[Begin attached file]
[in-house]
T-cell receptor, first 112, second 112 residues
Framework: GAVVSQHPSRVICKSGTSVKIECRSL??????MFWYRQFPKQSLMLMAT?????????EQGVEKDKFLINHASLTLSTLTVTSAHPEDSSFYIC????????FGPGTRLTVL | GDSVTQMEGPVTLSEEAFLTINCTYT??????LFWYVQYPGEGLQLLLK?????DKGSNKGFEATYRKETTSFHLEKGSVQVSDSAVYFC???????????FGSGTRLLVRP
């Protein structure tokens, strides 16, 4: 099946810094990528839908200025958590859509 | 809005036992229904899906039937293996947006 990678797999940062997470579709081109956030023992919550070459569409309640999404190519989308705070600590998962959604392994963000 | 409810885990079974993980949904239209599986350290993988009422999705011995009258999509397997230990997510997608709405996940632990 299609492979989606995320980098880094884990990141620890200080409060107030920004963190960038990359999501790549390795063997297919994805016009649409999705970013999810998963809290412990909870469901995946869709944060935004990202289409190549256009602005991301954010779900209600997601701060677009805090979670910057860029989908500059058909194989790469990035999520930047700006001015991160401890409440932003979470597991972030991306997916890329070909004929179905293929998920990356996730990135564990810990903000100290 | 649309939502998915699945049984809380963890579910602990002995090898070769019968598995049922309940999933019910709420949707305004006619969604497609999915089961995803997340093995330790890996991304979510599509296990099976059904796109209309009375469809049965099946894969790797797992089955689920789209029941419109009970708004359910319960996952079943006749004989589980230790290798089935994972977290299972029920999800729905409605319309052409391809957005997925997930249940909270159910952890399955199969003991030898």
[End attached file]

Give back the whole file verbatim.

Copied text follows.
[in-house]
T-cell receptor, first 112, second 112 residues
Framework: GAVVSQHPSRVICKSGTSVKIECRSL??????MFWYRQFPKQSLMLMAT?????????EQGVEKDKFLINHASLTLSTLTVTSAHPEDSSFYIC????????FGPGTRLTVL | GDSVTQMEGPVTLSEEAFLTINCTYT??????LFWYVQYPGEGLQLLLK?????DKGSNKGFEATYRKETTSFHLEKGSVQVSDSAVYFC???????????FGSGTRLLVRP
């Protein structure tokens, strides 16, 4: 099946810094990528839908200025958590859509 | 809005036992229904899906039937293996947006 990678797999940062997470579709081109956030023992919550070459569409309640999404190519989308705070600590998962959604392994963000 | 409810885990079974993980949904239209599986350290993988009422999705011995009258999509397997230990997510997608709405996940632990 299609492979989606995320980098880094884990990141620890200080409060107030920004963190960038990359999501790549390795063997297919994805016009649409999705970013999810998963809290412990909870469901995946869709944060935004990202289409190549256009602005991301954010779900209600997601701060677009805090979670910057860029989908500059058909194989790469990035999520930047700006001015991160401890409440932003979470597991972030991306997916890329070909004929179905293929998920990356996730990135564990810990903000100290 | 649309939502998915699945049984809380963890579910602990002995090898070769019968598995049922309940999933019910709420949707305004006619969604497609999915089961995803997340093995330790890996991304979510599509296990099976059904796109209309009375469809049965099946894969790797797992089955689920789209029941419109009970708004359910319960996952079943006749004989589980230790290798089935994972977290299972029920999800729905409605319309052409391809957005997925997930249940909270159910952890399955199969003991030898």